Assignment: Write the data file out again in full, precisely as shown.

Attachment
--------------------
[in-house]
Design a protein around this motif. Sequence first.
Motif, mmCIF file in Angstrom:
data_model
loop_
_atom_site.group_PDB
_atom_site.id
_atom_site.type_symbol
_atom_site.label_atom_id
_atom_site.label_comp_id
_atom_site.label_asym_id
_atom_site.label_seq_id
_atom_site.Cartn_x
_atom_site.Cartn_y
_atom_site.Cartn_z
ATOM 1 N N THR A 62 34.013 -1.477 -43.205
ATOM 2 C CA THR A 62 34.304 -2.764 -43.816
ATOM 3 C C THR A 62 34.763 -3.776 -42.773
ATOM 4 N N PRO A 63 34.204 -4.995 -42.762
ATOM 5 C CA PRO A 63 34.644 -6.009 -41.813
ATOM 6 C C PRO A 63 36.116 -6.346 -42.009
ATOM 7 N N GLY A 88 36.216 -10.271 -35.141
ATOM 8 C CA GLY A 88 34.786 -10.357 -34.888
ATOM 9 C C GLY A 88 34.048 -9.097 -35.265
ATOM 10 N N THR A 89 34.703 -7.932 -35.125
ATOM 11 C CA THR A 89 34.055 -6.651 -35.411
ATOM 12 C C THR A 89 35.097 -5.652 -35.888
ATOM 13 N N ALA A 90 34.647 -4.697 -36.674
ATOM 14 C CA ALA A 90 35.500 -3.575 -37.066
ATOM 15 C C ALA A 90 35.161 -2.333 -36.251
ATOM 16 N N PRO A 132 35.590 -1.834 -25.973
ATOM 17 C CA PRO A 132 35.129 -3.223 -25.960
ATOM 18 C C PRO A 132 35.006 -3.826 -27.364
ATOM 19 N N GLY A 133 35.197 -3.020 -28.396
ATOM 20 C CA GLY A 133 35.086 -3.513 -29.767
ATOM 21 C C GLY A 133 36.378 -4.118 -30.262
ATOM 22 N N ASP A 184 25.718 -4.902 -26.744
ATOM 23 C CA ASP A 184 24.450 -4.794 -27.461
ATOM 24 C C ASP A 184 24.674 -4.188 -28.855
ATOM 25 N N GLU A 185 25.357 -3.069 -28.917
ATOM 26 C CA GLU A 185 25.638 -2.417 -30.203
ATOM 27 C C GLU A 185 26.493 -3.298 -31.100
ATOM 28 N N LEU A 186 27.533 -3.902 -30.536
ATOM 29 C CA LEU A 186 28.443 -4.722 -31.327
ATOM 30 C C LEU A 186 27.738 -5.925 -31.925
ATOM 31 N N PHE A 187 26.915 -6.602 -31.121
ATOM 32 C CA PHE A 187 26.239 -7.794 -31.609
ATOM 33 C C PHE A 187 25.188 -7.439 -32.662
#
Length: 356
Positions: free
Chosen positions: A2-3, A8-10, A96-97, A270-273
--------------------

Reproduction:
[in-house]
Design a protein around this motif. Sequence first.
Motif, mmCIF file in Angstrom:
data_model
loop_
_atom_site.group_PDB
_atom_site.id
_atom_site.type_symbol
_atom_site.label_atom_id
_atom_site.label_comp_id
_atom_site.label_asym_id
_atom_site.label_seq_id
_atom_site.Cartn_x
_atom_site.Cartn_y
_atom_site.Cartn_z
ATOM 1 N N THR A 62 34.013 -1.477 -43.205
ATOM 2 C CA THR A 62 34.304 -2.764 -43.816
ATOM 3 C C THR A 62 34.763 -3.776 -42.773
ATOM 4 N N PRO A 63 34.204 -4.995 -42.762
ATOM 5 C CA PRO A 63 34.644 -6.009 -41.813
ATOM 6 C C PRO A 63 36.116 -6.346 -42.009
ATOM 7 N N GLY A 88 36.216 -10.271 -35.141
ATOM 8 C CA GLY A 88 34.786 -10.357 -34.888
ATOM 9 C C GLY A 88 34.048 -9.097 -35.265
ATOM 10 N N THR A 89 34.703 -7.932 -35.125
ATOM 11 C CA THR A 89 34.055 -6.651 -35.411
ATOM 12 C C THR A 89 35.097 -5.652 -35.888
ATOM 13 N N ALA A 90 34.647 -4.697 -36.674
ATOM 14 C CA ALA A 90 35.500 -3.575 -37.066
ATOM 15 C C ALA A 90 35.161 -2.333 -36.251
ATOM 16 N N PRO A 132 35.590 -1.834 -25.973
ATOM 17 C CA PRO A 132 35.129 -3.223 -25.960
ATOM 18 C C PRO A 132 35.006 -3.826 -27.364
ATOM 19 N N GLY A 133 35.197 -3.020 -28.396
ATOM 20 C CA GLY A 133 35.086 -3.513 -29.767
ATOM 21 C C GLY A 133 36.378 -4.118 -30.262
ATOM 22 N N ASP A 184 25.718 -4.902 -26.744
ATOM 23 C CA ASP A 184 24.450 -4.794 -27.461
ATOM 24 C C ASP A 184 24.674 -4.188 -28.855
ATOM 25 N N GLU A 185 25.357 -3.069 -28.917
ATOM 26 C CA GLU A 185 25.638 -2.417 -30.203
ATOM 27 C C GLU A 185 26.493 -3.298 -31.100
ATOM 28 N N LEU A 186 27.533 -3.902 -30.536
ATOM 29 C CA LEU A 186 28.443 -4.722 -31.327
ATOM 30 C C LEU A 186 27.738 -5.925 -31.925
ATOM 31 N N PHE A 187 26.915 -6.602 -31.121
ATOM 32 C CA PHE A 187 26.239 -7.794 -31.609
ATOM 33 C C PHE A 187 25.188 -7.439 -32.662
#
Length: 356
Positions: free
Chosen positions: A2-3, A8-10, A96-97, A270-273